The Magical Candelabra Trees of Northern California’s Lost Coast

Photo by Stephen Leonardi

One of the most beautiful places on the planet sits in Northern California and you’ve probably never heard of it.

The elusive candelabra trees of Shady Dell are some of the most unique in the world and that’s probably why they still stand today. During the logging era of the 1800’s, the awkward shapes of the tree limbs were nearly impossible to transport. With small branches twisting and turning up from their large trunks, loggers chose to leave the trees standing in their place, a welcomed decision for today’s outdoor adventurer.

“The candelabra trees are unforgettable,” said Louisa Morris, Director of Conservation and Trail Programs at Mendocino Land Trust. “You’ve never seen redwood trees like these.”

Photo via Save the Redwoods League/Paolo Vescia

The trees are a part of the Peter Douglas Coastal Trail in the Sinkyone Wilderness State Park, sitting in the northern stretches of Mendocino County. The area is as rural as it gets in California, sitting far away from any major municipalities, limiting the exposure the trees receive from visitors. In fact, the area was purchased by the Save the Redwoods League in 2011, and the trail to visit the candelabras just opened in 2016. Not many have been in the presence on these magical trees.

Photo by Stephen Leonardi.

While the hike along the Peter Douglas Coastal Trail is just a half a mile from the Usal Beach Campground, getting to the trailhead can be a journey. After you’ve arrived in the deep coastal area of Mendocino, you have to drive on a one-lane dirt road for 6 miles. Four-wheel drive and high clearance vehicles are recommended, and the road can be impassible in wet conditions.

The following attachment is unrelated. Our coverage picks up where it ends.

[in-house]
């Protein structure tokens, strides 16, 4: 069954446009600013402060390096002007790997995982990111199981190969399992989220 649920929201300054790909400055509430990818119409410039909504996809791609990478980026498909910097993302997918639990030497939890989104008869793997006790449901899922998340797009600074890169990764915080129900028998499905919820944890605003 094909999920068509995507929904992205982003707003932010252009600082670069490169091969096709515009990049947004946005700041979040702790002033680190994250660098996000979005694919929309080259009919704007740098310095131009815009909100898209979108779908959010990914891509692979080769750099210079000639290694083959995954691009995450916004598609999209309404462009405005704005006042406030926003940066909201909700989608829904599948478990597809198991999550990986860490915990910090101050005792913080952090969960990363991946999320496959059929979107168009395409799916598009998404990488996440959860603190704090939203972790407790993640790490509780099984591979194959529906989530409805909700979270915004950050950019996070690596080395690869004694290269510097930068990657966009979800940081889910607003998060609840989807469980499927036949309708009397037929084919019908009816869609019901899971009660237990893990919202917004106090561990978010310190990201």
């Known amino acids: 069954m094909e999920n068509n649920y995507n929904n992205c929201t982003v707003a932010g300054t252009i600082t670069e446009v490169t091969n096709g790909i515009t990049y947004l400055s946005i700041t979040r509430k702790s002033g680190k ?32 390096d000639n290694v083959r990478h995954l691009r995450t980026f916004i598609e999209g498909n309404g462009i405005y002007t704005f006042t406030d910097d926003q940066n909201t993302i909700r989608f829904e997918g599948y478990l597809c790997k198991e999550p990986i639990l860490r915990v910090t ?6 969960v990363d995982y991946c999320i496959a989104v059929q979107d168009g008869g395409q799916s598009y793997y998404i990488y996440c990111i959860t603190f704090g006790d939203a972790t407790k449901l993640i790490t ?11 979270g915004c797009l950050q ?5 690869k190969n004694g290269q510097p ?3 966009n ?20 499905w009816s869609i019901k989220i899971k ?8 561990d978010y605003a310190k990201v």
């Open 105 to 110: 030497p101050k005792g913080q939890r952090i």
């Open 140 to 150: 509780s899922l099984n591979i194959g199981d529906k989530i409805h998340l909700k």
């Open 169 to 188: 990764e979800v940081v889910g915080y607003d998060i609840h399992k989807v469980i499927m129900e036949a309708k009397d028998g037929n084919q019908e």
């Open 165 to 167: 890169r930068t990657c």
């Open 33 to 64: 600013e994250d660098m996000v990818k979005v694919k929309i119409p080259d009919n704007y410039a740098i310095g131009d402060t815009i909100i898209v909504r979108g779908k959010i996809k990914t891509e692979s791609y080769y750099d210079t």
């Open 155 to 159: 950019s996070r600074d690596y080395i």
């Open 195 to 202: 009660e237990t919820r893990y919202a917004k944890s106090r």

Once on the trail, you’ll get unparalleled views of some of the most unique trees on the planet. It’s believed these trees were able to salty ocean air and harsh winds, with the broken limbs continuing to grow up into the sky without separating from the trunk. This is the only location this type of swirled growth occurs in the NorCal redwoods.

Due to its remote location, the adventure to Shady Dell might not be for everyone. But if you’re willing to make the trek to NorCal’s Lost Coast, you’ll never regret seeing the magical candelabras.

Active NorCal

Northern California's Outdoor Digital Newsmagazine

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